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**Review Force, Mass, and Acceleration Newton’s 2nd Law Friction**

The greater the force on an object, the greater the object’s acceleration. The acceleration of an object depends on its mass as well as well as the force exerted on it. Newton’s 2nd Law The acceleration of an object is in the direction of the net force on the object. a = Fnet / m Friction Static Sliding Rolling Air Resistance Terminal Velocity

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**Gravity What is gravity?**

What does gravity affect? Gravity is the attractive force between any two objects that depends on the masses of the objects and the distance between them. This force increases as the mass of either object increases or as the objects move closer.

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**Law of Universal Gravitation**

gravitational force = (constant) X (mass1) x (mass2) (distance)2 The range of gravity No matter how far two objects are away from each other, their gravitational force is never zero. Finding other planets In the 1840s, the most distant planet known was Uranus. The motion of Uranus calculated from the law of universal gravitation disagreed with its observed motion. Therefore, Neptune was found in 1846.

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**Earth’s Gravitational Acceleration**

Force of gravity (N) = mass (kg) x acceleration of gravity (m/s2) Close to the Earth’s surface, the acceleration of a falling object in free fall is about 9.8 m/s2 The gravitational force exerted on an object is called weight. Weight (N) = mass (kg) x acceleration of gravity (m/s2)

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**Weightless and Free Fall**

Lets assume that you are in an elevator. You are standing on a scale. What would the scale say? Now the elevator begins to free fall downward while you are still on the scale. What would the scale read now? WHY?? Is there a difference in gravity? How about mass and weight? What is the difference between mass and weight? Find the mass of 5 different objects in this room. Create a table showing the relationship to their weight on Earth.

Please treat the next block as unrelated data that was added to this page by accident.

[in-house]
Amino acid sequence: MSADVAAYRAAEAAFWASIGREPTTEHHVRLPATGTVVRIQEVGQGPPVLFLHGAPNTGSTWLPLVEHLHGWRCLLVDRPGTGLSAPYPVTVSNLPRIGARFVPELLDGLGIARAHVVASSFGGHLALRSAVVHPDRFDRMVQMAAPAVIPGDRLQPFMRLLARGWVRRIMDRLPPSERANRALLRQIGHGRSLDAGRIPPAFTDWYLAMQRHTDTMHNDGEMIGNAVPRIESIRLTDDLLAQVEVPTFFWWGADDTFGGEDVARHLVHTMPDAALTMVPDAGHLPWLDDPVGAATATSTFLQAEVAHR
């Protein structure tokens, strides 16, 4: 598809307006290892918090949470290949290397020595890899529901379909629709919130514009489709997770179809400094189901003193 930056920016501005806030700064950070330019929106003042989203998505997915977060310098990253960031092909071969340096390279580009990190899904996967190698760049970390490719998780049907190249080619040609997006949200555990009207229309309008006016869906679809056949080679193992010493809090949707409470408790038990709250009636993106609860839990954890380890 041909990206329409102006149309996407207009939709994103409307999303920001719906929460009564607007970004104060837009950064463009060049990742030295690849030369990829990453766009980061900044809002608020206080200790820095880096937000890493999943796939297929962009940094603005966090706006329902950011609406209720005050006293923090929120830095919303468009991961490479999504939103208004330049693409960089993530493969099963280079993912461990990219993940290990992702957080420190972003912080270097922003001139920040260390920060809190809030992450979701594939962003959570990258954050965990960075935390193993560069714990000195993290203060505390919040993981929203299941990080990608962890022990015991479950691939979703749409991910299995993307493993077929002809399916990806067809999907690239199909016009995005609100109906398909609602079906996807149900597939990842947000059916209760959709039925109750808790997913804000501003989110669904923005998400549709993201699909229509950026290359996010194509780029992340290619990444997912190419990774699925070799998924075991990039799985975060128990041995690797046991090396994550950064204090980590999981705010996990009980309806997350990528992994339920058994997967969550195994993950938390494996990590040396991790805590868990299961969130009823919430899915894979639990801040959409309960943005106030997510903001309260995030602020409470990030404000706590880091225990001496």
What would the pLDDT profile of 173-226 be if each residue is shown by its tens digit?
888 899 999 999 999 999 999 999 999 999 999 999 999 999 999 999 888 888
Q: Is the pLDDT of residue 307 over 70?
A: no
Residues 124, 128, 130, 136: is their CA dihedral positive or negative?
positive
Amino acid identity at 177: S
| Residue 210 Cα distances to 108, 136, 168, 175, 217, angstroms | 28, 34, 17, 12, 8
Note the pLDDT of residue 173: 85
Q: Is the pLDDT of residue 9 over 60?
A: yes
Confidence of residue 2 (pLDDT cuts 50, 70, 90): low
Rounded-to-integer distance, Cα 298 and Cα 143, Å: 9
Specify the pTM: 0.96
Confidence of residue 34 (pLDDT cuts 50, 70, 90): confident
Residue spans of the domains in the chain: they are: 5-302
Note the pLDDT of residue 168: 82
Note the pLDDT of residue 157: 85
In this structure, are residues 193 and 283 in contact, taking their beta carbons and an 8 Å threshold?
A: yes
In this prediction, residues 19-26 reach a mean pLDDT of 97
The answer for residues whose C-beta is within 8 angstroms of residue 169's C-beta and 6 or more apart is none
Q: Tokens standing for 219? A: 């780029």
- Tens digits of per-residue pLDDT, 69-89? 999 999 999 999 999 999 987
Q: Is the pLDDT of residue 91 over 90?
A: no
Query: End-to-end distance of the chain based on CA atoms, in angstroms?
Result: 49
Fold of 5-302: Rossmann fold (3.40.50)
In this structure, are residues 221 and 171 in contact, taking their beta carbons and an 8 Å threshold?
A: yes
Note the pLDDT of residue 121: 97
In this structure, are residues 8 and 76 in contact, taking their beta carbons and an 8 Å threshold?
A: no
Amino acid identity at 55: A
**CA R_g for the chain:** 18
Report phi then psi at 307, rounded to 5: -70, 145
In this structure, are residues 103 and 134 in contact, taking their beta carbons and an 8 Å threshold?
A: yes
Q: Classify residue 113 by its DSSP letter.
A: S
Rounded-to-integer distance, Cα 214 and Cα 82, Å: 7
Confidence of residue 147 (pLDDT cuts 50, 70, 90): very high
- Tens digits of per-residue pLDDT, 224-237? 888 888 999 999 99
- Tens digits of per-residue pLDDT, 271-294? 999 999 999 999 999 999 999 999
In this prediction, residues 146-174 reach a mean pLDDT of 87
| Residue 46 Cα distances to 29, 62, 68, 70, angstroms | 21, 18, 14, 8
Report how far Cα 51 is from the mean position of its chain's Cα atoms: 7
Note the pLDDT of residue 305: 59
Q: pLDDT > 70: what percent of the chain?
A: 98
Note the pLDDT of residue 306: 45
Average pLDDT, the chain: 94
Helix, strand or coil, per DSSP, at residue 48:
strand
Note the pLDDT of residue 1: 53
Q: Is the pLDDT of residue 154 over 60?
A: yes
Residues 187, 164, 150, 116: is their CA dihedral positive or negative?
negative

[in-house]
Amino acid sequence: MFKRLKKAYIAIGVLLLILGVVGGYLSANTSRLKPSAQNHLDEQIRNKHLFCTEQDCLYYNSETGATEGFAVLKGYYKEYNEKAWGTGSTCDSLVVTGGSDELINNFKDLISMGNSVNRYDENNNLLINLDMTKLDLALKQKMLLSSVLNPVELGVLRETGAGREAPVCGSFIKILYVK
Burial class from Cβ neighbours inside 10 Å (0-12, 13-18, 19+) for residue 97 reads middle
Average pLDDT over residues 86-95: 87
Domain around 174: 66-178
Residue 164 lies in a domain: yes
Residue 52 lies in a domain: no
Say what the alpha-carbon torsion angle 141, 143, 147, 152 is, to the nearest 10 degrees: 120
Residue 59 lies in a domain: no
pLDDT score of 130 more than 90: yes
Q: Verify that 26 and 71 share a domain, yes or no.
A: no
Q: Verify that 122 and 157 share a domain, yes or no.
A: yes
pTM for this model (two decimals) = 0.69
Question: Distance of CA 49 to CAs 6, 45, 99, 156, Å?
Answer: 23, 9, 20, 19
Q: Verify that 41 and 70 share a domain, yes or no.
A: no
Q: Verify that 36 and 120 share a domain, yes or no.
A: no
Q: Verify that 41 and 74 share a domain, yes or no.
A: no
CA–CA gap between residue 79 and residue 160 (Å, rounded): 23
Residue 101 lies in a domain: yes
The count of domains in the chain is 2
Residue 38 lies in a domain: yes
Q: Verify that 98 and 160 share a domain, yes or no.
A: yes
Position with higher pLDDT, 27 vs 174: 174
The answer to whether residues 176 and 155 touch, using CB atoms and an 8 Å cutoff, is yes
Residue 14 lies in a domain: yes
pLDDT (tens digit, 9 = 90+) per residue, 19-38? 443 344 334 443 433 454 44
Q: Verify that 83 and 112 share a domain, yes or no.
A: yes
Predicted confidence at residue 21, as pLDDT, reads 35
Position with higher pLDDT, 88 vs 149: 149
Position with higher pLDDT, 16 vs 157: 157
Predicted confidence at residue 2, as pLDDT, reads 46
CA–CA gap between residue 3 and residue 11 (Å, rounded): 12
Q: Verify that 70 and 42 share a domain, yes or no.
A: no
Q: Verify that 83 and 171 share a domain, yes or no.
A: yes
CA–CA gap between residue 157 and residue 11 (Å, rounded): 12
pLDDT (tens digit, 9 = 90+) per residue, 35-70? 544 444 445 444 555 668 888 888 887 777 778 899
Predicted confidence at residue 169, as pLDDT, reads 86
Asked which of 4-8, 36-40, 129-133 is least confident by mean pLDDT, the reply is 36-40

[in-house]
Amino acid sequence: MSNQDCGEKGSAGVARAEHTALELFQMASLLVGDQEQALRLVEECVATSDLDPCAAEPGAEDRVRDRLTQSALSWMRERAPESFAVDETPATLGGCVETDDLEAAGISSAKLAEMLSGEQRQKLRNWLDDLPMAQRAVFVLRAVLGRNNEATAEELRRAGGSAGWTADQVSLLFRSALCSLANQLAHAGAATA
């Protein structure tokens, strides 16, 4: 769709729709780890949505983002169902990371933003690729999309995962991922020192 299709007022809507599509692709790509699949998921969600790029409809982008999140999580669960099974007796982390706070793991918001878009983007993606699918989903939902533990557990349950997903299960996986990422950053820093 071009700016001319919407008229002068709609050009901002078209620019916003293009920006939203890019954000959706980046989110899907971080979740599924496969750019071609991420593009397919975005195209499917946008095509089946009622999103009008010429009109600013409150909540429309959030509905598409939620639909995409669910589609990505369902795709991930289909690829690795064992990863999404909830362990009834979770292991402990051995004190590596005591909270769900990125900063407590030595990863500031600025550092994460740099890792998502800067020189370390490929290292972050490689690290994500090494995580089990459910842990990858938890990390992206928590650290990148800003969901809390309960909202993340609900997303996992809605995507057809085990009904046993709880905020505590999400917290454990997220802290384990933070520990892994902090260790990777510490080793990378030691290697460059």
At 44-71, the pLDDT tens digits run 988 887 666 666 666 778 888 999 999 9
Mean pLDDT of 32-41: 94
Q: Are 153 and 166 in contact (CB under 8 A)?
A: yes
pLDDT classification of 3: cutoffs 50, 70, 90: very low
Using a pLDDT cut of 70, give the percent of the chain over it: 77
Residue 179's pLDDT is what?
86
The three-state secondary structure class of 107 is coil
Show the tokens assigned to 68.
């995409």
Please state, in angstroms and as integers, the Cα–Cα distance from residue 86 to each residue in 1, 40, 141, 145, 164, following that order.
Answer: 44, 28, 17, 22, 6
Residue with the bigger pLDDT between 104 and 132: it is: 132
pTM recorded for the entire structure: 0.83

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**Centripetal Force WATCH THIS**

Acceleration toward the center of a curved or circular path is called centripetal acceleration. The net force exerted toward the center of a curved path is called a centripetal force. What are some examples of centripetal force? Can we use gravity as an example? Why or why not? WATCH THIS

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**Newton’s Third Law of Motion**

When one object exerts a force on a second object, the second one exerts a force on the first that is equal in strength and opposite in direction. “TO EVERY ACTION FORCE THERE IS AN EQUAL AND OPPOSITE REACTION FORCE.” Action and Reaction Forces do not cancel each other out; if they did, nothing would happen. BALOON DEMO…

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**Momentum (kg m/s) = mass (kg) x velocity (m/s)**

What is momentum? A moving object has momentum that is related to how much force is needed to change its motion. Momentum (kg m/s) = mass (kg) x velocity (m/s) p = mv Force and changing momentum Momentum is transferred in collisions. F = (mvf – mvi) / t

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**Practice Problems Set-Up**

What is the momentum of a car with a mass of 1,300 kg traveling at a speed of 28 m/s? A baseball has a momentum of 6kg m/s. If the mass of the baseball is 0.15kg, what is the baseball’s speed? What is the mass of a person walking at a speed of 0.8m/s if the person’s momentum is 52kg m/s?

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**Law of Conservation of Momentum**

Momentum of an object doesn’t change unless its mass, velocity, or both change. Momentum, however, can be transferred from one object to another. Can you give me any examples of the transfer of momentum? WATCH THIS

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**Review Newton’s Third Law Momentum The Law of Conservation of Momentum**

For every action force, there is an equal and opposite reaction force. Action and reaction forces act on different objects. Momentum The momentum of an object is the product of its mass and velocity: p = mv The Law of Conservation of Momentum If objects exert forces only on each other, their total momentum is conserved. In a collision, momentum is transferred from one object to another.

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**The Momentum of Colliding Objects**